This will depend on who is responsible for the accident. Nevada is an “at fault” state, so this means that you will need to contact the insurance company of the driver responsible for the incident. In many cases, the responsible driver’s insurance company will admit to liability and take steps to pay for the property damage to your vehicle. If they contest liability, you may need to get an experienced attorney on your side to help pursue the case. This expert will greatly increase your chance of getting the right compensation and also help you get the maximum value for your vehicle if it ends up being totaled.
How Do Insurance Companies Decide to Total a Car?
Ultimately, it will come down to the insurance company to decide whether to pay to repair the car or to write off the value, typically referred to as a “total.” When this company totals the car, the cost to repair it will exceed its recognized book value at the time of the crash.
It’s worth bearing in mind that certain states, Nevada included, have statutes in place to help determine what qualifies as a total loss. In Nevada, a car can be considered totaled if the estimated cost to repair it exceeds 65% of its value. Sometimes, insurers will decide to total a car if they think it would be unsafe to drive even after all the necessary repairs have been made.
Should the insurer decide to total the car, they’ll pay the actual cash value. This is meant to cover the value of the car as it was just before the incident but will take into account depreciation, which could affect your situation regarding your outstanding balance.
Remember that it is difficult for an insurance company to know how much it’ll cost to repair a crash-damaged vehicle before a comprehensive inspection. After all, the adjuster can only see parts of the vehicle, and some damage may not become apparent until the panels are removed in the repair shop. So, the repairer may file a supplement with the insurance company to take into account the additional damage.
Why Is It So Easy to Total a Car?
Many people wonder why it appears so easy for an insurance company to total a car following what doesn’t appear to be a huge accident. They’ll need to take into account the labor costs involved (which can quickly add up), as well as the materials.
Modern-day vehicles often feature innovative materials. While steel is still the primary metal, some manufacturers use composites to help with corrosion resistance and to improve weight, and some of these materials tend to cost more.
In addition, most cars and trucks today have to be designed in accordance with strict safety regulations and will feature “crumple zones,” which are areas of the vehicle that are specifically designed to crumple or deform in a collision. This will help to absorb some of the energy of a given impact so it is not transmitted through the frame to the occupants inside.
Crumple zones require advanced design and a variety of materials that will be able to absorb kinetic energy. Some vehicles feature a honeycomb design for this purpose — to absorb and redirect impact forces in a split second. Crumple zones can be found in the front and the rear of the vehicle, while the passengers are enclosed in a purpose-made safety cell designed to be especially rigid. Further, some major mechanical components are even designed to break away from the vehicle during a heavy crash. This may include the engine or gearbox to try and avoid the tendency for these heavy weights to be pushed back towards the passenger compartment.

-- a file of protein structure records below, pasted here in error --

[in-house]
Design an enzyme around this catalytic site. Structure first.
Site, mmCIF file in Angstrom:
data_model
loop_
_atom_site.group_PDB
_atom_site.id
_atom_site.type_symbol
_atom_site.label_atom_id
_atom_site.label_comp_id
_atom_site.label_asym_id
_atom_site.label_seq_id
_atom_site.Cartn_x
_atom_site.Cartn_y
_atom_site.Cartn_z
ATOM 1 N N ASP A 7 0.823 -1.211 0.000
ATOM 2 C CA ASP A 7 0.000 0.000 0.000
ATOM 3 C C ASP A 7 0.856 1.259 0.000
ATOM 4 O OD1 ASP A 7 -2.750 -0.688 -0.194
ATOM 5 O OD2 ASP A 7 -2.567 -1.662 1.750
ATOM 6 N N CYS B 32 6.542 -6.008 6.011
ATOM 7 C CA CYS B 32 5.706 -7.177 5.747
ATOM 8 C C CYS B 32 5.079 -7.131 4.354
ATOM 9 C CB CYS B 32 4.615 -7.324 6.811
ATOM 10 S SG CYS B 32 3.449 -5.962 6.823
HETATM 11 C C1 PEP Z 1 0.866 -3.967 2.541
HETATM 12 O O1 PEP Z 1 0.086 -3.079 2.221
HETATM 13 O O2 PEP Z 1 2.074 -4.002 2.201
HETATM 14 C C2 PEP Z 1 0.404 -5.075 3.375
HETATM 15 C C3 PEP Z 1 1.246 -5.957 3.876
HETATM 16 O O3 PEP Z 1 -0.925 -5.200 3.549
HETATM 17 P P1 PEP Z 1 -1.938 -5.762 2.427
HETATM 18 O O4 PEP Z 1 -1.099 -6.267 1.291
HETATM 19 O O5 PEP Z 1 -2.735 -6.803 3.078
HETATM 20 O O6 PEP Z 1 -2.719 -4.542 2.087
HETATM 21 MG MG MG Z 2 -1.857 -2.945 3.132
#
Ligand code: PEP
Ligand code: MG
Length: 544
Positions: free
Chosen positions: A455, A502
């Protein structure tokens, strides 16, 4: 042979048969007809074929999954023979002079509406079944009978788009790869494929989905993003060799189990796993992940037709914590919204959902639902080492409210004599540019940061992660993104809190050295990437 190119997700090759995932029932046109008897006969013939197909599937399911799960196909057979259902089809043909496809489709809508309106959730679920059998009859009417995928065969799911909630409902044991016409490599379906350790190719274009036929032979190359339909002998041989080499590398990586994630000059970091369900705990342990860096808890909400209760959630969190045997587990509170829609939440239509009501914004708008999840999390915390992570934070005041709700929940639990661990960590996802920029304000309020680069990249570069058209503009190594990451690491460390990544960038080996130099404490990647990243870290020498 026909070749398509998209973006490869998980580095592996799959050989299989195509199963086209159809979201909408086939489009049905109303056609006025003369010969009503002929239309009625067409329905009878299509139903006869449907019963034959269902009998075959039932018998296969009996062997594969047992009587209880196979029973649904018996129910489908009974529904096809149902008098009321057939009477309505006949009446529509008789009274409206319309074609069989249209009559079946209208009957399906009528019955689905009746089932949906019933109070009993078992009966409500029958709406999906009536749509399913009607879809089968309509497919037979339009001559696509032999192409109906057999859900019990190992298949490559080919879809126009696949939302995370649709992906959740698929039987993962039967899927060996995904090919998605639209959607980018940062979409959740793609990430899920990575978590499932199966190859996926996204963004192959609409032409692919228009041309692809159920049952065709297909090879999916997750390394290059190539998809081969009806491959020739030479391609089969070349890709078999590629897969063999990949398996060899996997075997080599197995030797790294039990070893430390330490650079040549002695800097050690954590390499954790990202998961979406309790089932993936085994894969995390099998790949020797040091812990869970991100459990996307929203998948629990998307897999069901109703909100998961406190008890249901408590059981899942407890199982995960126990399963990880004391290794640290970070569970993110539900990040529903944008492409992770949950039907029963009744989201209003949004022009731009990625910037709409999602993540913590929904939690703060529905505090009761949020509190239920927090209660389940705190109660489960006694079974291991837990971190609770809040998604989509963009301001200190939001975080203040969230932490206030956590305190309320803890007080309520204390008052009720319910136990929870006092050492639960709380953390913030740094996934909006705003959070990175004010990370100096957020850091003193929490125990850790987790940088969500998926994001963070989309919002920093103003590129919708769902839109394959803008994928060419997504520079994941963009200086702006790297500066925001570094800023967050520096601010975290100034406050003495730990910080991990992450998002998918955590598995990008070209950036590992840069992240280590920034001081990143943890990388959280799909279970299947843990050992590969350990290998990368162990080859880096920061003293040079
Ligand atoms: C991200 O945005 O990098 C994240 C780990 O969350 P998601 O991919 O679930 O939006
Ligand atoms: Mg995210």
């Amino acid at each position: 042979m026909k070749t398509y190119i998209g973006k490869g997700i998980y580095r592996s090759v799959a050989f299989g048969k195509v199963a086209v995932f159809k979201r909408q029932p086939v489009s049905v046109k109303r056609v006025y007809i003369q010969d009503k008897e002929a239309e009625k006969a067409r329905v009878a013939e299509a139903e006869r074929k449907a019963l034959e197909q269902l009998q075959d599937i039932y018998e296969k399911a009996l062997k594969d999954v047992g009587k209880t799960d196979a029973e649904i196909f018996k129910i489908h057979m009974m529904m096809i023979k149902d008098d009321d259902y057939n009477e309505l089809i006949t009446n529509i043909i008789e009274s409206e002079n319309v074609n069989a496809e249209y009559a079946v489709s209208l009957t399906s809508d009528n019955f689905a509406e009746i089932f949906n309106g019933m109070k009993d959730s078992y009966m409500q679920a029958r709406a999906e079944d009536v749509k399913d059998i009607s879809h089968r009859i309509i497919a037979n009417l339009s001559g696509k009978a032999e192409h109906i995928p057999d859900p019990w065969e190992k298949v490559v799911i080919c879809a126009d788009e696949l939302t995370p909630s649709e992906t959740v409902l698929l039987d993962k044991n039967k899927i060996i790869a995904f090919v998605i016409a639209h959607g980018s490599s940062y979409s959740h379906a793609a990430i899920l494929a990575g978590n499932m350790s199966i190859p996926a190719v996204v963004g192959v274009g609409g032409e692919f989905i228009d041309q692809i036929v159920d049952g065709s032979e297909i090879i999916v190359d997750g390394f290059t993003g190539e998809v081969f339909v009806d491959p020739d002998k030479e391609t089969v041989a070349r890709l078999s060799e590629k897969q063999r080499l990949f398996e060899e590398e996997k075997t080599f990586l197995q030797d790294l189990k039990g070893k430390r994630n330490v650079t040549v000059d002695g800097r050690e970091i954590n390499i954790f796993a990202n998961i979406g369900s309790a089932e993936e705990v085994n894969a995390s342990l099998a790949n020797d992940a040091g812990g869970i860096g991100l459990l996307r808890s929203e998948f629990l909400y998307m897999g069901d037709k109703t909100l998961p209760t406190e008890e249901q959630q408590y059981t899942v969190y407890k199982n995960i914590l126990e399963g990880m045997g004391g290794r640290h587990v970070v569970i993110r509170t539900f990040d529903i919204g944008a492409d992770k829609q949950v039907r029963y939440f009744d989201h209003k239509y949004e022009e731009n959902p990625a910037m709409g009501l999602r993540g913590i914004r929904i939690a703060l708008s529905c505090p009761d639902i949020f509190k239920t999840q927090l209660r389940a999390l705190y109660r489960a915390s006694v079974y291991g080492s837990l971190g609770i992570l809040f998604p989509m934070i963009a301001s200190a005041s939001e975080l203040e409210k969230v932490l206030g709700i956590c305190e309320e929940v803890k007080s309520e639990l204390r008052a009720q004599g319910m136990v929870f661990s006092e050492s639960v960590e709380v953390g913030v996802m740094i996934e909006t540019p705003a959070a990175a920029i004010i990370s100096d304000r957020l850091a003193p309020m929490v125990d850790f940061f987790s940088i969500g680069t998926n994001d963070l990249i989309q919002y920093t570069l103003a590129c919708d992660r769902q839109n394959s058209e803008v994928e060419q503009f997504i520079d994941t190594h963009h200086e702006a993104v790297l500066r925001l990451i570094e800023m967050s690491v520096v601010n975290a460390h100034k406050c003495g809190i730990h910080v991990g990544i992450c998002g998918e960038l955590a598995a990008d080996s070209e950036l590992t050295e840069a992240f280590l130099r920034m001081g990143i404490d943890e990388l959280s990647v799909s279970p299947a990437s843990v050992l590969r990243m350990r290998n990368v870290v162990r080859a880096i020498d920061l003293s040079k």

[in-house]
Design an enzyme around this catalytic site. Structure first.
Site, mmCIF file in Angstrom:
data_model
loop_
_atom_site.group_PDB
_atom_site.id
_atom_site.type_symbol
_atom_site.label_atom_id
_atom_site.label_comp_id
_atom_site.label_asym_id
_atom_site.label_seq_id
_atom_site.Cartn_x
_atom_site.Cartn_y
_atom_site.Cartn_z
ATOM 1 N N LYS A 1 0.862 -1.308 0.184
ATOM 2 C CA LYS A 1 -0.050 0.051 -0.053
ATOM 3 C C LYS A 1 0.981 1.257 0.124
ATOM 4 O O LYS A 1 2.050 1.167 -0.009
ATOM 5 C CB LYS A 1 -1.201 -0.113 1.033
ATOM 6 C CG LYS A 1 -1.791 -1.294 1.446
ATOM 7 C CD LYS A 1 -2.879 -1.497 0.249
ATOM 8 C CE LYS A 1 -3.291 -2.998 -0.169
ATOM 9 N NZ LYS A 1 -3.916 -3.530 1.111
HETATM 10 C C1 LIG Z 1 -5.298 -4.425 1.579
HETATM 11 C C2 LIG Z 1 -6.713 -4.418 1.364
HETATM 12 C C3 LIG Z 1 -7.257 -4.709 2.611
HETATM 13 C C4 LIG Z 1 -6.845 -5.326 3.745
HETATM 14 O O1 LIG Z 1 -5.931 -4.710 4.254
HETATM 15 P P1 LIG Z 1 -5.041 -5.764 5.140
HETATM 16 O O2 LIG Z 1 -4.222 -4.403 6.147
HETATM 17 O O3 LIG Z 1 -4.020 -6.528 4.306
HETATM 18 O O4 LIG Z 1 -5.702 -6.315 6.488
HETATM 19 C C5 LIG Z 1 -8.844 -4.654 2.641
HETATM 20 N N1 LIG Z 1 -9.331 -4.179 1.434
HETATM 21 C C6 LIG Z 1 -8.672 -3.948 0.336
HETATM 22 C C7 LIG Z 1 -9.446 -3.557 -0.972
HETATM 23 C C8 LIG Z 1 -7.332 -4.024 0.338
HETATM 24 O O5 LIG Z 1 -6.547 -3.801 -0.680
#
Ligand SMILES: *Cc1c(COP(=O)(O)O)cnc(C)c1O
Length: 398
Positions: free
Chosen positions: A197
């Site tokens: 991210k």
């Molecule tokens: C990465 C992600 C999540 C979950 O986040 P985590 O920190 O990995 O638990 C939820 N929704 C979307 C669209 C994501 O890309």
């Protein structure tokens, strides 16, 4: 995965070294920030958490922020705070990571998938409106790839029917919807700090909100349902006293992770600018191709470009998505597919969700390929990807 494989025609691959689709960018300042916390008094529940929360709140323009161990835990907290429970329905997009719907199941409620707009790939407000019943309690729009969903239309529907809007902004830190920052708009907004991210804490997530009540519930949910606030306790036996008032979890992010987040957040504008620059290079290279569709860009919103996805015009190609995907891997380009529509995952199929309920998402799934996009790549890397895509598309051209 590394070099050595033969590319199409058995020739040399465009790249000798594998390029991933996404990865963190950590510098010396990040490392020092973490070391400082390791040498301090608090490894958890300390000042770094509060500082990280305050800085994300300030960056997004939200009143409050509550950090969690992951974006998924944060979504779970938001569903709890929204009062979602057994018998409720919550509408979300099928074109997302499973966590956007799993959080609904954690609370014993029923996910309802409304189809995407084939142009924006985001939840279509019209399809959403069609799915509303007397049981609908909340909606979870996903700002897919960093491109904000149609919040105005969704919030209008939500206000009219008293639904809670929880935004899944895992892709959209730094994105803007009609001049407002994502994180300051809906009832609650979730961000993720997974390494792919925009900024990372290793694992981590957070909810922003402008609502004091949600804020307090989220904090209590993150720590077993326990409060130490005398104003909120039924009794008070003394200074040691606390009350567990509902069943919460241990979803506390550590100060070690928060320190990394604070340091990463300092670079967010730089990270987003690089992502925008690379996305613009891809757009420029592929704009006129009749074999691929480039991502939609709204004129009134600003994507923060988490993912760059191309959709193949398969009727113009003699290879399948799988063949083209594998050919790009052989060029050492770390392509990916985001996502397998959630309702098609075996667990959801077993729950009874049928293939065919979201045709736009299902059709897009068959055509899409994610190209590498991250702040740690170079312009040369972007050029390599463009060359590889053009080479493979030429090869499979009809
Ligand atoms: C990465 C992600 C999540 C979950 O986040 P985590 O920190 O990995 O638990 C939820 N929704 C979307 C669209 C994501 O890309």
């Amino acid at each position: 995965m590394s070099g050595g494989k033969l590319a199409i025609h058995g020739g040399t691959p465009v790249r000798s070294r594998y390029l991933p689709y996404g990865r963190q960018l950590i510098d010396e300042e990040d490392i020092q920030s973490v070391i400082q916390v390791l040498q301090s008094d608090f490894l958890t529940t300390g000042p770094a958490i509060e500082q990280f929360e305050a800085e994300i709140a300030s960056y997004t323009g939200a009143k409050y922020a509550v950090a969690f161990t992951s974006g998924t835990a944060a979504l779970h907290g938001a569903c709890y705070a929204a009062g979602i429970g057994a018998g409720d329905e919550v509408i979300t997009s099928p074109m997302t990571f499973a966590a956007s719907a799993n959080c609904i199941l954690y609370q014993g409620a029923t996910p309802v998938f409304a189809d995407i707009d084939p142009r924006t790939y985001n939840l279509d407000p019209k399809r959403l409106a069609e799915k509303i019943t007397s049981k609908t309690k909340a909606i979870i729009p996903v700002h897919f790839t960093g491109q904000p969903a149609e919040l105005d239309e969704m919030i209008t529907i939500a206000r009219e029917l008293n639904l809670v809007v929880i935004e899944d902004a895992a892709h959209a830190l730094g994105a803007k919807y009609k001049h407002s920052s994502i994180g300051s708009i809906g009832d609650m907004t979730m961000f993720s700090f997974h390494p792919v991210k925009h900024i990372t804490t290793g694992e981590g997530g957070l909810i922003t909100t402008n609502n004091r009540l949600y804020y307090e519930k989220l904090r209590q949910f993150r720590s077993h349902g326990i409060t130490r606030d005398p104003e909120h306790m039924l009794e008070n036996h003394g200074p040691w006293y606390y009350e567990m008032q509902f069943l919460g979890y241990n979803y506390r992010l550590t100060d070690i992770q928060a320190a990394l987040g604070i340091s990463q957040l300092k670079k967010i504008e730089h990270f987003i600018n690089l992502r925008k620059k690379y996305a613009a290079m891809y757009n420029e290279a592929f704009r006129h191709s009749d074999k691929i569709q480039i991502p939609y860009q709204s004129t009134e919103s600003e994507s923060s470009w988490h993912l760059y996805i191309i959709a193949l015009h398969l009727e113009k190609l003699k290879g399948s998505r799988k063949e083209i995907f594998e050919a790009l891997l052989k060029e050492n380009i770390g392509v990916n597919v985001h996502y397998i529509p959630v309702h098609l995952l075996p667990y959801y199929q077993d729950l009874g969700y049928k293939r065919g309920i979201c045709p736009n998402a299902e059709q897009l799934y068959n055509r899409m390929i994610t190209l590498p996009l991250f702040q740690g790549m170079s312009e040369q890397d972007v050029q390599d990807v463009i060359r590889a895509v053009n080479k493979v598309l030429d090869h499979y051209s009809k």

What Happens if the At-Fault Driver’s Insurance Doesn’t Cover the Balance?
An at-fault driver is not responsible for paying the outstanding amount due to a leasing company. This will be your responsibility, and in the event of a total loss, you’ll have to clear the balance out of pocket or with the proceeds of an insurance payout. The insurance payout may not cover the outstanding dues, so it’s a good idea to have GAP insurance in place. This should cover the difference between the market value payout and the outstanding balance with the leasing company. Don’t forget that you may be able to pursue a claim against the at-fault driver for financial compensation, but this is something you should discuss with your attorney for further information.
What Happens if You’re at Fault?
Your insurance company will process the claim and pay for the vehicle repairs if you are at fault. If they decide to total the vehicle, they will give you the estimated fair market value, and again, you should consider GAP insurance to cover any difference. You may be able to discuss an alternative with the leasing company, as some may allow you to add any outstanding amount due onto the cost of a new lease.
Can You Simply Return the Leased Car After an Accident?
Usually, the lease contract will take into account the general wear and tear over the life of the agreement. This should include small dents and scratches but not much more, so you will be responsible for the cost of any other damages. This means that you can’t simply return the leased car after a crash and expect the company to cover its repair costs.
Getting Help With Your Case
If you run into trouble following an accident like this and cannot get an insurance company to help, you should certainly get in touch with an experienced attorney. Bay Law Personal Injury works on a contingency fee basis, so you have no upfront cost when you engage. Get in touch with one of our friendly representatives today so that you can schedule a free consultation. And remember that when it comes to discussing an insurance claim following an accident with a leased car, it’s Better with Bay.